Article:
French Books USA: Week in Review
Badiou a Success at Avignon
At the 69th edition of the Festival d'Avignon, French philosopher Alain Badiou's "hyper-translation" of Plato's Republic (which includes a radically updated cast, language, and interpretation) underwent a public reading with actors and festival attendees participating in the engagement. Under the aim of "establish[ing] true exchange at a time when people so often talk at cross purposes...in a world that seems to have lost all meaning," Badiou's Republic found itself at the heart of the festival (which finished this week) through daily readings and an adventerous interplay between actors and the public.
Piketty Review in New York Times
Nearly two decades after its initial release, Piketty's Economics of Inequality is being reissued, and noted New York Times writer Paul Krugman wonders why. In 2014, Piketty made a "huge splash" with Capital in the 21st Century, with his popularity among readers the world over leading to a second look at some of his earlier work. A rounding of Piketty's oeuvre, or an attempt to capitalize on his rockstar status?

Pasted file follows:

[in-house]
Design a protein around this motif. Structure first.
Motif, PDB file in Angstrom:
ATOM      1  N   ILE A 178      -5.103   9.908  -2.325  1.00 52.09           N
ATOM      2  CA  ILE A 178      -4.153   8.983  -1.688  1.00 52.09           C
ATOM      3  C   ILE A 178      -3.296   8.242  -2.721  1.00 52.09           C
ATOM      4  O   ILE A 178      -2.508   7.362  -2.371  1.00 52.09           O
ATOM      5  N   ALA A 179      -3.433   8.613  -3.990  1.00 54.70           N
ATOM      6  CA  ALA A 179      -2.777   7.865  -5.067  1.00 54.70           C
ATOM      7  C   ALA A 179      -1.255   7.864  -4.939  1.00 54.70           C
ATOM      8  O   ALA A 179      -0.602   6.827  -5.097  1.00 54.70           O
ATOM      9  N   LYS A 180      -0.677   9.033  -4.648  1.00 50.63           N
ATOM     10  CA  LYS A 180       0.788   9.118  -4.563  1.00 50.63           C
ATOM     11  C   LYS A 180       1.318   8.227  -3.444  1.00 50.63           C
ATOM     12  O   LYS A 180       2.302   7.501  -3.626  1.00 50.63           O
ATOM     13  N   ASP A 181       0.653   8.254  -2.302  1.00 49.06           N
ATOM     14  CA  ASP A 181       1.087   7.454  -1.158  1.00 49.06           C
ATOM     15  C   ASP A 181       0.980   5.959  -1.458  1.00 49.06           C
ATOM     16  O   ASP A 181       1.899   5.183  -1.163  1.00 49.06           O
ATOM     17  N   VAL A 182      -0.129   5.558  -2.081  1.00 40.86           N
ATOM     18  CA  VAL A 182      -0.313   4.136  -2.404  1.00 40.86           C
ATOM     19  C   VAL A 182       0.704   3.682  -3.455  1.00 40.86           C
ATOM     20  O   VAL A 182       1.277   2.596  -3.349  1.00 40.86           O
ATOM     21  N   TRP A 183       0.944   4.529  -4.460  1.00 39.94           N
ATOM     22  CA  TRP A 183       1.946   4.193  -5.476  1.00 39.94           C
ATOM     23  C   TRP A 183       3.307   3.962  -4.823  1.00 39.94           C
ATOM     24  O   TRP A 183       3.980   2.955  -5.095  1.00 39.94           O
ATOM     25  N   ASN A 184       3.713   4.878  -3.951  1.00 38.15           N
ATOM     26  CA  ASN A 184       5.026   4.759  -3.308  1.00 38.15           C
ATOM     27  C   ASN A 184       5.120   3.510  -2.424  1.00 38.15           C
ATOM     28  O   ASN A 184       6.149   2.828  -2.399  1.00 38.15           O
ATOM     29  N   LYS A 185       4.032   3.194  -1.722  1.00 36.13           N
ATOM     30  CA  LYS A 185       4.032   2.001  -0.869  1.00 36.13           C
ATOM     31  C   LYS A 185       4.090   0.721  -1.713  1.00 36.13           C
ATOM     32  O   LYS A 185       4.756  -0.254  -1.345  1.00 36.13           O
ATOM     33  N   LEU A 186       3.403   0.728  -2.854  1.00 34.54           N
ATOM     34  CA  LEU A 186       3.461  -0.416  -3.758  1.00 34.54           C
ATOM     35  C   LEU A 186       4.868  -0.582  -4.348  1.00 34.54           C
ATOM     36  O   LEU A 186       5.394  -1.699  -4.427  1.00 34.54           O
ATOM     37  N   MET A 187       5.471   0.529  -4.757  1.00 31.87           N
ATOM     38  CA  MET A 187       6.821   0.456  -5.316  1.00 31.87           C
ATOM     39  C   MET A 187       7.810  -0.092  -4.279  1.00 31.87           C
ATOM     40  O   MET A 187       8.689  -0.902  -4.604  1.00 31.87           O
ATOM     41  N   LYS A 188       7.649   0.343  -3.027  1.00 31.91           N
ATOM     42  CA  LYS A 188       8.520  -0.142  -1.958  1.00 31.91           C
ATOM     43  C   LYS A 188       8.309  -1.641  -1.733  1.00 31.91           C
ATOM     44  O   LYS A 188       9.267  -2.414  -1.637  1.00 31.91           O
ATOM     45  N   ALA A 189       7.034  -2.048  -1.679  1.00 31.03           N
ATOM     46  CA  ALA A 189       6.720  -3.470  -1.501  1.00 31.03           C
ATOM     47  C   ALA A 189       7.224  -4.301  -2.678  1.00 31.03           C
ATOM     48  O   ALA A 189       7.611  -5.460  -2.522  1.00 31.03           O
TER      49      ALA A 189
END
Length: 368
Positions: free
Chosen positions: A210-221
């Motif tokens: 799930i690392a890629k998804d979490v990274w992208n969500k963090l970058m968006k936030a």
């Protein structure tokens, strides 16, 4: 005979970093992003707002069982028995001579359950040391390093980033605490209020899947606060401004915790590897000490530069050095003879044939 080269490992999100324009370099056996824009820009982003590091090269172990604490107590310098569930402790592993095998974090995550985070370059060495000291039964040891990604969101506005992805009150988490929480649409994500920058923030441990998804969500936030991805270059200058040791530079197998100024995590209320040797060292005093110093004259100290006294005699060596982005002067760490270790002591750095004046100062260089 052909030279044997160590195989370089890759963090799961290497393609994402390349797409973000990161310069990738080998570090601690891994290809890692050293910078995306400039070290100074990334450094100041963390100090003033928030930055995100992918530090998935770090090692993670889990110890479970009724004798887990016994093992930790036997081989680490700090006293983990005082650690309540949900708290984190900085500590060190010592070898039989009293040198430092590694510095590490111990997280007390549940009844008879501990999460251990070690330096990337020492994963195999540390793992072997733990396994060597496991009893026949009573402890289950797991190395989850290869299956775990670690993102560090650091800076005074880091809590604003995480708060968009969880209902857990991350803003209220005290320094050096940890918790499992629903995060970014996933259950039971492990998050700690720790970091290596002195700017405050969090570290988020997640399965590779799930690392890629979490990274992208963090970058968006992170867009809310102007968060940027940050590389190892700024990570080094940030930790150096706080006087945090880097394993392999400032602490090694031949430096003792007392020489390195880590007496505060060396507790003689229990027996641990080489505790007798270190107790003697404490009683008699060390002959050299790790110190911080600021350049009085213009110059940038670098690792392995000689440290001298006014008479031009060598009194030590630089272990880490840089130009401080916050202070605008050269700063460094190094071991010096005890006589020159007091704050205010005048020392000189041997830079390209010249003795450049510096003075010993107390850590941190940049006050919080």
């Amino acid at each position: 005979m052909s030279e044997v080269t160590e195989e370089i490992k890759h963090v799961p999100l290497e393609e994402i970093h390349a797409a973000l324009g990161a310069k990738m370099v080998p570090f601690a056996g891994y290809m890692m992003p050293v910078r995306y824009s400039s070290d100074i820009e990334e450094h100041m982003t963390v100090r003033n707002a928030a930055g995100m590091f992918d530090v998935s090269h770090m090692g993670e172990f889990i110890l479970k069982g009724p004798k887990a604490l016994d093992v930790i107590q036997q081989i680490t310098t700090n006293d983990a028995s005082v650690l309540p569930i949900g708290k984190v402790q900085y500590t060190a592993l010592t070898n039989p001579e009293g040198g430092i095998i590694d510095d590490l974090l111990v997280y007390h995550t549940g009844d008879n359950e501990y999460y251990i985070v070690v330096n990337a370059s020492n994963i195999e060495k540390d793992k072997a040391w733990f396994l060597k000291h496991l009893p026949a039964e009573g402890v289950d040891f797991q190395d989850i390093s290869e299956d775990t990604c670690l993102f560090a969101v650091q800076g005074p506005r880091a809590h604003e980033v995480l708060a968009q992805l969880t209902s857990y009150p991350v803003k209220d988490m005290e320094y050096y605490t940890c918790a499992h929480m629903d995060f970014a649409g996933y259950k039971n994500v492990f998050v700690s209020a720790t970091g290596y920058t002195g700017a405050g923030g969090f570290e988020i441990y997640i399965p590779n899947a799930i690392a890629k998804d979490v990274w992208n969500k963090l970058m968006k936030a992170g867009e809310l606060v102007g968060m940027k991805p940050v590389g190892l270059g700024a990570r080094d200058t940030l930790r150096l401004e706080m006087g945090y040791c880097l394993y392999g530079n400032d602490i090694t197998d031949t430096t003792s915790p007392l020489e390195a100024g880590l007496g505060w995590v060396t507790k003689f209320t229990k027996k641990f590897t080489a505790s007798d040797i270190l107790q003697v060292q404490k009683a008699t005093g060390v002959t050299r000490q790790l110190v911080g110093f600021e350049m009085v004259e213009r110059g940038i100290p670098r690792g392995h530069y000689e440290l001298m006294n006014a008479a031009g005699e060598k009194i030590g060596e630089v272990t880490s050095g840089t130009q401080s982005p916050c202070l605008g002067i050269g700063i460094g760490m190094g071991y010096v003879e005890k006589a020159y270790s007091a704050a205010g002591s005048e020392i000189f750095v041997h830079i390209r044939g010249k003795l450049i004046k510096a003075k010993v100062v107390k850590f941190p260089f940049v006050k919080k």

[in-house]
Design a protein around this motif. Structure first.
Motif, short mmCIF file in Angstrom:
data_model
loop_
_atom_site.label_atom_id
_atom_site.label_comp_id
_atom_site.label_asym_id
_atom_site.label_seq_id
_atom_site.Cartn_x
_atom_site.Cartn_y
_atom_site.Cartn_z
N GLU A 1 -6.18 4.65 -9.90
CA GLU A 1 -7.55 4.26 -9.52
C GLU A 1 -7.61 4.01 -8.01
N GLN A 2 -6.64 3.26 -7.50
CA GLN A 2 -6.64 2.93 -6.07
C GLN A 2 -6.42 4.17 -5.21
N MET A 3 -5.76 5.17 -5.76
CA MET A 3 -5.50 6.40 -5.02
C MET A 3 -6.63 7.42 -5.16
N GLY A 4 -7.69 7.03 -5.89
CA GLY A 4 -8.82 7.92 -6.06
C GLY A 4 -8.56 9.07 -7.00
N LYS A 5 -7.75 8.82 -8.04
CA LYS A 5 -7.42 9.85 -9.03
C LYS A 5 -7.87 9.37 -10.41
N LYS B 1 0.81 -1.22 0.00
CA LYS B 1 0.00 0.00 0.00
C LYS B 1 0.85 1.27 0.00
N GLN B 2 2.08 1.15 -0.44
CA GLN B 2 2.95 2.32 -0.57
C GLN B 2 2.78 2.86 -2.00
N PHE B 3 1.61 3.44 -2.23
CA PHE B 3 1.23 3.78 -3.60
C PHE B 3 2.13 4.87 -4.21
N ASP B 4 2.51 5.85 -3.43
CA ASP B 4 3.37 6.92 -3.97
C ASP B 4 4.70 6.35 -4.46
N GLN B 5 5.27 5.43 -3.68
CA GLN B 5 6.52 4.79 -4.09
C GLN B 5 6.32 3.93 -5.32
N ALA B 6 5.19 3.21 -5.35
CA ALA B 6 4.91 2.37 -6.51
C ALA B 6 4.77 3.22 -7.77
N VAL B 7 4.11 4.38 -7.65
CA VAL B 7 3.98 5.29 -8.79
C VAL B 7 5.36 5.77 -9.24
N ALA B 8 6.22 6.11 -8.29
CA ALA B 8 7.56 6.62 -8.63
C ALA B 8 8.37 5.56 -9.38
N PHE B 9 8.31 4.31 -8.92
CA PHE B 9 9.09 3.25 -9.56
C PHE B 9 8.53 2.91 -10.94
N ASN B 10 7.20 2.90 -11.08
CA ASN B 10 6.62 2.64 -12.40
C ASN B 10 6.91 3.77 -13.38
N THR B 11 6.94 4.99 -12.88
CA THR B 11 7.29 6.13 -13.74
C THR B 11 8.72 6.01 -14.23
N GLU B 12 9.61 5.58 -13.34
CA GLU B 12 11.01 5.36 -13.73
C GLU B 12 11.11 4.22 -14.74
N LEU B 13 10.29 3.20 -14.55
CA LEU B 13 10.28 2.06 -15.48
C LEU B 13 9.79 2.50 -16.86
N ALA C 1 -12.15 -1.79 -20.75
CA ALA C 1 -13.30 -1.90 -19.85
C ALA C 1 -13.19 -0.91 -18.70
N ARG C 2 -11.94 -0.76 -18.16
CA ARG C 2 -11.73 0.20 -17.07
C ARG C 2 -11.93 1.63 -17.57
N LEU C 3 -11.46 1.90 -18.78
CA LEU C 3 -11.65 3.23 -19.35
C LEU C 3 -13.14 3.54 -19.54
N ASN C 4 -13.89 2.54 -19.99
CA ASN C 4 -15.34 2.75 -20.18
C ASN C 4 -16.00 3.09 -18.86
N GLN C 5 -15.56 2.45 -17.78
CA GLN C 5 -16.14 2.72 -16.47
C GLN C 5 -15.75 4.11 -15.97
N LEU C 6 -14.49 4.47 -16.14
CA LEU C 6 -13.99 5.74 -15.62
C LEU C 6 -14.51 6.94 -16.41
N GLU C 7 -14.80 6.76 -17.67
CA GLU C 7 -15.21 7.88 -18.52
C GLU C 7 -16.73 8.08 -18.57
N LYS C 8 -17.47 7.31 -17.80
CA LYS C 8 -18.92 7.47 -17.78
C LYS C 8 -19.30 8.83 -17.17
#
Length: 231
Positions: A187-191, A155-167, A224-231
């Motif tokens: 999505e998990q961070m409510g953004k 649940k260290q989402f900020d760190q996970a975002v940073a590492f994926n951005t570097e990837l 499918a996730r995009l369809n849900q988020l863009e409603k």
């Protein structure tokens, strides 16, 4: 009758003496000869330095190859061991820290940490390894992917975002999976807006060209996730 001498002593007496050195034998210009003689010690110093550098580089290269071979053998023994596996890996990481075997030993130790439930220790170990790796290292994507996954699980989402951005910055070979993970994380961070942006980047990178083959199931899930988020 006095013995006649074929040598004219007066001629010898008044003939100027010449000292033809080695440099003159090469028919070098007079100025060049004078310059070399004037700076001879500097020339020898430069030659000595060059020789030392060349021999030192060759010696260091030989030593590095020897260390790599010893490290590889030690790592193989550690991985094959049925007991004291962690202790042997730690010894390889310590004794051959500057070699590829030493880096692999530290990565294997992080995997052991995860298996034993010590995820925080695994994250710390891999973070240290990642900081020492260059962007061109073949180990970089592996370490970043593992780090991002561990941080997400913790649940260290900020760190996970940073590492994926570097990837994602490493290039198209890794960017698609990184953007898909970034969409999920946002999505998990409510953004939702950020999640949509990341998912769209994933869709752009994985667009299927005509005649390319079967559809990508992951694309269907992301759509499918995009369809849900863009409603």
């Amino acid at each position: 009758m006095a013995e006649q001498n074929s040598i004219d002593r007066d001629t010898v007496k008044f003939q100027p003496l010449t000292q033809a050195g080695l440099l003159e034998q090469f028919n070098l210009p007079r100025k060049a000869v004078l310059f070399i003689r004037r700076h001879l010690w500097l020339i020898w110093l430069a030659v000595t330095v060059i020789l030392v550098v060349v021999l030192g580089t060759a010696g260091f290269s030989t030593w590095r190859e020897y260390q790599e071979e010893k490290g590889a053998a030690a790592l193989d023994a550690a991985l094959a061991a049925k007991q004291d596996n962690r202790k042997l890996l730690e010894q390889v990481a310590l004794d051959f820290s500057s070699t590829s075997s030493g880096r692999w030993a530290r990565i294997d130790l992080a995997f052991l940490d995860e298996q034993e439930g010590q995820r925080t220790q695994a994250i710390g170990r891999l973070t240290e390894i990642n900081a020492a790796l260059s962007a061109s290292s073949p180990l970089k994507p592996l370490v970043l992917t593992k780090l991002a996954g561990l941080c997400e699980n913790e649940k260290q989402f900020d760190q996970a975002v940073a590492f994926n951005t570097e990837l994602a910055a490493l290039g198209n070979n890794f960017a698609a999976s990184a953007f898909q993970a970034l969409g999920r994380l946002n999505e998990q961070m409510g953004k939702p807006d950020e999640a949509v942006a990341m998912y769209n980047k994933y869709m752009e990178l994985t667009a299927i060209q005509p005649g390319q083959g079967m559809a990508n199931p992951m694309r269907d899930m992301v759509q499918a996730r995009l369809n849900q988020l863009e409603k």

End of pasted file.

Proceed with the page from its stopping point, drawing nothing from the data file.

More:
Homme de Plume
Besides being women, what do Georges Sand and Eliot, the Brontë sisters, and J.K. Rowling have in common? They all have, at one point or during their entire careers, written under male pen names. It should come as no surprise that some women still write under male names for the sake of getting more recognition, eight times more recognition in fact, so with a problem ingrained into the issue itself, how does this impact works in translation? Alison Anderson takes a fascinating look at books written by women in translation and questions why, despite the fact that "two-thirds of the translators nominated for the Independent Foreign Fiction Prize along with their authors are women," women make up only one sixth of the eventual shortlists.
New York, NY